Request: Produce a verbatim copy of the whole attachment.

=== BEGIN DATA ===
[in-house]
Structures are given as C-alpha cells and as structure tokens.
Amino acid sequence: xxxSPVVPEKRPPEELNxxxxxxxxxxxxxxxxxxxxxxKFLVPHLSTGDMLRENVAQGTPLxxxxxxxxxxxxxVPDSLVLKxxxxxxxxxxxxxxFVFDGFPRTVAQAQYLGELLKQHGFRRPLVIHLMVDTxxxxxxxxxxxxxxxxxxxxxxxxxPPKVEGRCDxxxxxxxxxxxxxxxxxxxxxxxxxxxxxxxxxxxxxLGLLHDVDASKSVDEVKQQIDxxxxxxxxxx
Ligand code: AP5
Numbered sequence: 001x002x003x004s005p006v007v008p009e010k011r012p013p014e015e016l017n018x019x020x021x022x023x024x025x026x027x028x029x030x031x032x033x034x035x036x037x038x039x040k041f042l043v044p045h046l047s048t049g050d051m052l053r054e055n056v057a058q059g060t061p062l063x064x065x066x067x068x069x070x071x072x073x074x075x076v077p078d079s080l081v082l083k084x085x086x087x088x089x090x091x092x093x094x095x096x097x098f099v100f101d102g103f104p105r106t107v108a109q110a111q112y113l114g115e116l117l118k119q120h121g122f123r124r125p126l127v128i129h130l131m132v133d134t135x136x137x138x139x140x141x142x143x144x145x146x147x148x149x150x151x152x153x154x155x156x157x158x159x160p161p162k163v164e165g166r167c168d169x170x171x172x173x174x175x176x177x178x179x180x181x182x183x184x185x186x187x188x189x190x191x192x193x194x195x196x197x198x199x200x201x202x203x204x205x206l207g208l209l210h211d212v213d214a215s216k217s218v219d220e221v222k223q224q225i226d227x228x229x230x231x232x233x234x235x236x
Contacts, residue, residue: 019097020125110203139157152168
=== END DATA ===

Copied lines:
[in-house]
Structures are given as C-alpha cells and as structure tokens.
Amino acid sequence: xxxSPVVPEKRPPEELNxxxxxxxxxxxxxxxxxxxxxxKFLVPHLSTGDMLRENVAQGTPLxxxxxxxxxxxxxVPDSLVLKxxxxxxxxxxxxxxFVFDGFPRTVAQAQYLGELLKQHGFRRPLVIHLMVDTxxxxxxxxxxxxxxxxxxxxxxxxxPPKVEGRCDxxxxxxxxxxxxxxxxxxxxxxxxxxxxxxxxxxxxxLGLLHDVDASKSVDEVKQQIDxxxxxxxxxx
Ligand code: AP5
Numbered sequence: 001x002x003x004s005p006v007v008p009e010k011r012p013p014e015e016l017n018x019x020x021x022x023x024x025x026x027x028x029x030x031x032x033x034x035x036x037x038x039x040k041f042l043v044p045h046l047s048t049g050d051m052l053r054e055n056v057a058q059g060t061p062l063x064x065x066x067x068x069x070x071x072x073x074x075x076v077p078d079s080l081v082l083k084x085x086x087x088x089x090x091x092x093x094x095x096x097x098f099v100f101d102g103f104p105r106t107v108a109q110a111q112y113l114g115e116l117l118k119q120h121g122f123r124r125p126l127v128i129h130l131m132v133d134t135x136x137x138x139x140x141x142x143x144x145x146x147x148x149x150x151x152x153x154x155x156x157x158x159x160p161p162k163v164e165g166r167c168d169x170x171x172x173x174x175x176x177x178x179x180x181x182x183x184x185x186x187x188x189x190x191x192x193x194x195x196x197x198x199x200x201x202x203x204x205x206l207g208l209l210h211d212v213d214a215s216k217s218v219d220e221v222k223q224q225i226d227x228x229x230x231x232x233x234x235x236x
Contacts, residue, residue: 019097020125110203139157152168